Watson Adventures' Lost New York Scavenger Hunt
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The last date listed for Watson Adventures' Lost New York Scavenger Hunt was Saturday July 2, 2011 / 1:00pm (Revolutionary New York Scavenger Hunt).
Reviews & Ratings
Featured review from little apple
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This was my second Watson Adventure and it lived up to my expectations! The staff was personable and professional and the tour was fun and educational. There is so much great history downtown that I tend to forget about it as a tourist attraction. This tour takes you to it all. We unfortunately didn’t have time to get to about 8 of the 25 or so questions. The first 2 that we had were a bit difficult and that put us behind. I am a New Yorker who walks at least 2 miles a day and this tour wore me out – admittedly we had already walked a bit too much before the tour. You really need to come at this one fresh as it is a ton of running around… really… even for us jaded folks. – But totally worth it – take this tour if you are a tourist or resident – I learned quite a few things on this hunt. We were a pair of 2 and were partnered with 2 other lovely people as they prefer you hunt in groups larger than 2. This was fun to have some other perspective too. Sometimes these questions are tricky and it “takes a family”.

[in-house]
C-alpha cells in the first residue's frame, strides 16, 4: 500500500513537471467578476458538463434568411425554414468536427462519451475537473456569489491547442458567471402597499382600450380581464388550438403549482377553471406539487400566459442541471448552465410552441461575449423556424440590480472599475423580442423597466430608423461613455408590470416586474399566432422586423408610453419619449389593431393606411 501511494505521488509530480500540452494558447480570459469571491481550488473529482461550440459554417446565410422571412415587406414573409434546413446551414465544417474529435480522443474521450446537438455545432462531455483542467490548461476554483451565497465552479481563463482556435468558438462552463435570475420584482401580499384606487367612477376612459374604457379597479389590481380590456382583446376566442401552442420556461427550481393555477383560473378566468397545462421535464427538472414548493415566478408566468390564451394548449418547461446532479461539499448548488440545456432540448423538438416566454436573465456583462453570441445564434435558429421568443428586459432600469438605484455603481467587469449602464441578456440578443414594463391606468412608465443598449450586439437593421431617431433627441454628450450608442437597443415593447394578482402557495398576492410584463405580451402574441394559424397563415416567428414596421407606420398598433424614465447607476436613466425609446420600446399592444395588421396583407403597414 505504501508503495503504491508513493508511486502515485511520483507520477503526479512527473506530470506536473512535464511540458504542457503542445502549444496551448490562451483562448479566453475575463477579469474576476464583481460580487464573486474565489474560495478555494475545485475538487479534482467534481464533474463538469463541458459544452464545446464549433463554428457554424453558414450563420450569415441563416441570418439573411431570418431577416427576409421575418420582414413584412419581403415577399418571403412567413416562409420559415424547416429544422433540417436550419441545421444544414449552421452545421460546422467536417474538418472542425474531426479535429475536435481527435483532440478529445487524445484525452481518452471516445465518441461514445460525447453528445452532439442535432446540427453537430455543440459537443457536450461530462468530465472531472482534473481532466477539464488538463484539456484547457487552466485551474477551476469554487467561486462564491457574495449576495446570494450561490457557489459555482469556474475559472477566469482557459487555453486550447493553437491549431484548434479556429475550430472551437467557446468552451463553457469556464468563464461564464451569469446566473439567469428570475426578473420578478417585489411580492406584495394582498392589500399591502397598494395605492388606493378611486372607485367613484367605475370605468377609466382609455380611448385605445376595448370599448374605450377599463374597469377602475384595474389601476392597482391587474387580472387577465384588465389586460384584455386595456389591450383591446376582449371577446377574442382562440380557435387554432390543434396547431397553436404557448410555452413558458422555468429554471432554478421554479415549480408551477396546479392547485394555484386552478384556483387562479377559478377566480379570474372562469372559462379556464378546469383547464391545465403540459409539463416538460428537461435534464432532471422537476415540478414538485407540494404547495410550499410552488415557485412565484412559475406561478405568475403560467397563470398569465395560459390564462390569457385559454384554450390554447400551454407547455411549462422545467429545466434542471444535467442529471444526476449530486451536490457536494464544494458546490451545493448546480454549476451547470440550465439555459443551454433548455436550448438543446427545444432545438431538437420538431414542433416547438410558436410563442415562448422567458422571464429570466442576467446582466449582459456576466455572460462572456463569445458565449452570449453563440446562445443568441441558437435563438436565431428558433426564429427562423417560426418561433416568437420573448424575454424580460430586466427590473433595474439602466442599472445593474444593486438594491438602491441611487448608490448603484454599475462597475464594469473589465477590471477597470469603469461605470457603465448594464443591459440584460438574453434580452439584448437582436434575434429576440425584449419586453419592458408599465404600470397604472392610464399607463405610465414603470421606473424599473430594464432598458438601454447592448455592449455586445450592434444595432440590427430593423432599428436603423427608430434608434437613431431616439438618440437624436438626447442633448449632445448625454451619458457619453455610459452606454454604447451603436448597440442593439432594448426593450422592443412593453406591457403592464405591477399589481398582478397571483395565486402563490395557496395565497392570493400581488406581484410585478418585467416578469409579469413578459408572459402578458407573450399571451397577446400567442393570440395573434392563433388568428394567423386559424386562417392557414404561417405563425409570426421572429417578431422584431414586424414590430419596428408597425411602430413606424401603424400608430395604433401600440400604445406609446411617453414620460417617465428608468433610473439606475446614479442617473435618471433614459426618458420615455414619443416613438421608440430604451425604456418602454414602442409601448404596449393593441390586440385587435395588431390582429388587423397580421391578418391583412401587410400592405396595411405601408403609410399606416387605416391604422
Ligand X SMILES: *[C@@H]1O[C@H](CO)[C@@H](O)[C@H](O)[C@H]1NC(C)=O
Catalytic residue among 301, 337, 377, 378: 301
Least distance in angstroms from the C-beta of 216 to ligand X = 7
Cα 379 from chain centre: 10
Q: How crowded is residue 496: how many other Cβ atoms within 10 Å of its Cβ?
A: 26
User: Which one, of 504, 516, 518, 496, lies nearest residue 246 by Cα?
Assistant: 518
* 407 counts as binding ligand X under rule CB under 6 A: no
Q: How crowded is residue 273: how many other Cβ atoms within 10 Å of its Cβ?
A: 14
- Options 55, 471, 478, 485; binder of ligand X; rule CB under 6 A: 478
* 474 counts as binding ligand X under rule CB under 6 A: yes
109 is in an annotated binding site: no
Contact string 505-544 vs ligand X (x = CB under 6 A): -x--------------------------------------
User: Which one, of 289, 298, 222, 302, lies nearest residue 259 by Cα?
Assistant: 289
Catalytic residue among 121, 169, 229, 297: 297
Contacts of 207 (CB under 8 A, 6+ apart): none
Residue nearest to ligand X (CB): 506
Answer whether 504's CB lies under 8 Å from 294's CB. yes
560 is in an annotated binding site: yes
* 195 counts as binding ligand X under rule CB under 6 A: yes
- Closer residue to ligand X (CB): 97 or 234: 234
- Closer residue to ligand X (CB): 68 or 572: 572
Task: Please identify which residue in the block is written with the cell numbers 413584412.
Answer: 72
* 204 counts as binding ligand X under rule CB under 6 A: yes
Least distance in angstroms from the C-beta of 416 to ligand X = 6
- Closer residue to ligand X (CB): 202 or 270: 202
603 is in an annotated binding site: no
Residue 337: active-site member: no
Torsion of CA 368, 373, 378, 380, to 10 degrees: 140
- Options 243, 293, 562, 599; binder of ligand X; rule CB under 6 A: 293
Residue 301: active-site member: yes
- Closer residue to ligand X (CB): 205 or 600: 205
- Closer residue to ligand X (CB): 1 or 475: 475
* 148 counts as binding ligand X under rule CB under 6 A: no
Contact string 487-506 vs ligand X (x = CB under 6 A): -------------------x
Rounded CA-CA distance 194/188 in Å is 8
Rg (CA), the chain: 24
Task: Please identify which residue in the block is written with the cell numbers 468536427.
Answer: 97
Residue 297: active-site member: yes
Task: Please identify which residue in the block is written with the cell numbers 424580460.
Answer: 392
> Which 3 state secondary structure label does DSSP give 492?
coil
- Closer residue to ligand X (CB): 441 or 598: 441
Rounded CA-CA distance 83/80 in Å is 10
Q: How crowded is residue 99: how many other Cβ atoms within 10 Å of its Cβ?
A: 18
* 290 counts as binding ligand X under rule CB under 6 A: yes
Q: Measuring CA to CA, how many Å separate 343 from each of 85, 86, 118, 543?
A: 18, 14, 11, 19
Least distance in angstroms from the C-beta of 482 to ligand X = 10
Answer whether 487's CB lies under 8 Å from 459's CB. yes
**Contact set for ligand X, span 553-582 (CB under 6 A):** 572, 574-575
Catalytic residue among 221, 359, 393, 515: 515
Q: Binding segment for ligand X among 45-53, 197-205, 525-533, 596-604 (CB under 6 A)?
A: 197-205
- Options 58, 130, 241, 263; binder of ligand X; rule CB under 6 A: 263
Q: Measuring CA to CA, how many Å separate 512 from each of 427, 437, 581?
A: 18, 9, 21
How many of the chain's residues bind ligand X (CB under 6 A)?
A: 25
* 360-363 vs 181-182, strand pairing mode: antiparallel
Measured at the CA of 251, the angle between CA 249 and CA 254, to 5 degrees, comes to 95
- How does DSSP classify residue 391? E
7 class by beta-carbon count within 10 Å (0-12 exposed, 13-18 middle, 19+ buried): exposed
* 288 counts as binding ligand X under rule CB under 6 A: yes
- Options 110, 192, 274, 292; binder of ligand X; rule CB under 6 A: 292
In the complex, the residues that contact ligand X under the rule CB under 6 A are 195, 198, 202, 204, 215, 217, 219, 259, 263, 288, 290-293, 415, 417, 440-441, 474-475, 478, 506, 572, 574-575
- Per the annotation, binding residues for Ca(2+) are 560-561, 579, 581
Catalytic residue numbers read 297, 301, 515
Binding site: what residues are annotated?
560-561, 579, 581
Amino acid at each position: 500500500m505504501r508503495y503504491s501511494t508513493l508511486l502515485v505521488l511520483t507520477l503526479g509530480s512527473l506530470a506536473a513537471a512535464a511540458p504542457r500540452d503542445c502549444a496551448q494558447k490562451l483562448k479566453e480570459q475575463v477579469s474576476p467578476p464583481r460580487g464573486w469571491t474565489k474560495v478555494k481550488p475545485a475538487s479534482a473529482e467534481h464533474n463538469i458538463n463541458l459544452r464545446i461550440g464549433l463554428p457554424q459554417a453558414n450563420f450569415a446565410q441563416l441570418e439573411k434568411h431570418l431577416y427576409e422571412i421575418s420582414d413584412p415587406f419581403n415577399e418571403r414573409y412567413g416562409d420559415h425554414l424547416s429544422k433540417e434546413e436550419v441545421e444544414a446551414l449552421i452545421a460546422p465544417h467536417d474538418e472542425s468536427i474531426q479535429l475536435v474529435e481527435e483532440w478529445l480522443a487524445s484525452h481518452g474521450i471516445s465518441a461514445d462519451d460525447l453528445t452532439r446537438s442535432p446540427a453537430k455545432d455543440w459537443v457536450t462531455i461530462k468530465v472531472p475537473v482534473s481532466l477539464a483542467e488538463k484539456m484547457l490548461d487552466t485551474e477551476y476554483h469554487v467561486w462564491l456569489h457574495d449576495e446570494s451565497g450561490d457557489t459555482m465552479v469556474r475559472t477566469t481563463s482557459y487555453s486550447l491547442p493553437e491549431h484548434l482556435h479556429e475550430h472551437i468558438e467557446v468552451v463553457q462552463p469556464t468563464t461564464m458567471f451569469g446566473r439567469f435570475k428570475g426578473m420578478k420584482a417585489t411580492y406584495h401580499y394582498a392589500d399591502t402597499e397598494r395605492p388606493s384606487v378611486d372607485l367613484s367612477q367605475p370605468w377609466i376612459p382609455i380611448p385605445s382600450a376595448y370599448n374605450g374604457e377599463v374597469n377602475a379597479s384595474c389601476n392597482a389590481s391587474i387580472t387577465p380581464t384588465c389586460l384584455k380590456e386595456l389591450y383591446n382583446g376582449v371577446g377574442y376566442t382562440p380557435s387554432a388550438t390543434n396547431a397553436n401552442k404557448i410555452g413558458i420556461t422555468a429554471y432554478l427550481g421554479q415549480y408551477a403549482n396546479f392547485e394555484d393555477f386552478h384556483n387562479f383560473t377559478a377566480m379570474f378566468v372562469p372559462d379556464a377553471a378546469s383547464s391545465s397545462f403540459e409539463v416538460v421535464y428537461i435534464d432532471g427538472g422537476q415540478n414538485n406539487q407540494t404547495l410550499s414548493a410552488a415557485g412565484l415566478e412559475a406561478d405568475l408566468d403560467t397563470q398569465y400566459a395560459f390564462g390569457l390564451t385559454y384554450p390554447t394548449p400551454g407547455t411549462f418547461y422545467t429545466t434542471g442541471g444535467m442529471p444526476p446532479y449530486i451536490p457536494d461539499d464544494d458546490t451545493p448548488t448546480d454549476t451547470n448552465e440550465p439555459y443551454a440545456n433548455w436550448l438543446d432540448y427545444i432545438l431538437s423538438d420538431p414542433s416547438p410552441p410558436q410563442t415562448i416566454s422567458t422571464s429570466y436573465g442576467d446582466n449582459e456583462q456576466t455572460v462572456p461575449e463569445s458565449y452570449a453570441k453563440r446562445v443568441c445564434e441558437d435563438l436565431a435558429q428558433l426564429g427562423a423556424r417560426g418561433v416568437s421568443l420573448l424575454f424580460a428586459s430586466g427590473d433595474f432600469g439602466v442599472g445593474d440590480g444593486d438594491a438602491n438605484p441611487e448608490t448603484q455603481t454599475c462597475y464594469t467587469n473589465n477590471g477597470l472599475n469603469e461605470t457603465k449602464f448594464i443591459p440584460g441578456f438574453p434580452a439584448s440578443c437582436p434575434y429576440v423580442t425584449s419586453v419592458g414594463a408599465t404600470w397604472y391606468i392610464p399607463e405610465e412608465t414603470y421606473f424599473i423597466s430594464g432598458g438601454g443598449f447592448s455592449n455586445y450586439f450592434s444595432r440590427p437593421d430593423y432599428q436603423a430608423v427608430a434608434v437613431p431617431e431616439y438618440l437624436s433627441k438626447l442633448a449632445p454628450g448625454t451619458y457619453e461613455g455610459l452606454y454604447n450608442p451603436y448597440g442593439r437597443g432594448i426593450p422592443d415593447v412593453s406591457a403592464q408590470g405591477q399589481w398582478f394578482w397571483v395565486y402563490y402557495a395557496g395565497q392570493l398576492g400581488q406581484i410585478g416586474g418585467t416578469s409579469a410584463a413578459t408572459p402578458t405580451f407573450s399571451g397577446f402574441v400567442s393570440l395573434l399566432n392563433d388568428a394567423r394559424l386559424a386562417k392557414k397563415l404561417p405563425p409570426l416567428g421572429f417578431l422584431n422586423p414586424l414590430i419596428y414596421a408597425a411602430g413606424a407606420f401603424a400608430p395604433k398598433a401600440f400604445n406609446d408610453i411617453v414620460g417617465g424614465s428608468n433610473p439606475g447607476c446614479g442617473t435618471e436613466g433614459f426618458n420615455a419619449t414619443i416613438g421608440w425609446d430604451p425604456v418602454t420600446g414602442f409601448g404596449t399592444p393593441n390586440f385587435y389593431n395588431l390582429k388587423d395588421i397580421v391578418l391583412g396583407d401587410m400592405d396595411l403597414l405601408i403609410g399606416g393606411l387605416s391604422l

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Very fun and we learned a lot of new things about NYC. However, you only have 2 hours to complete this so I definitely suggest going back another afternoon to read and enjoy the locations at a more leisurely pace.
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While the event started off bumpy (there are TWO flagpoles in Battery Park and the contact person for Watson seemed less than knowledgable about this)...and because of being late we didn't get to start on time or have the pleasure of joining with...continued
July 2, 2011: *The Revolutionary New York Scavenger Hunt:** *It’s a special Fourth of July edition of the Scavenger Hunt! Discover downtown sites where the Founding Fathers battled the Brits—and each other. Highlights include Alexander Hamilton’s grave, Federal Hall (where Washington was inaugurated), the street where Jefferson lived (and brokered the deal to move the nation’s capital to Washington, D.C.), Fraunces Tavern (where Washington bid farewell to his officers and where Hamilton worked as Secretary of the Treasury), a place where Washington slept, Bowling Green (with a fence bearing the scars of patriot fervor), a former hanging ground, a bank founded by Aaron Burr, Battery Park, singe marks from the great fire of 1776 and more. It’s a great, fast-paced tour of the Wall Street area.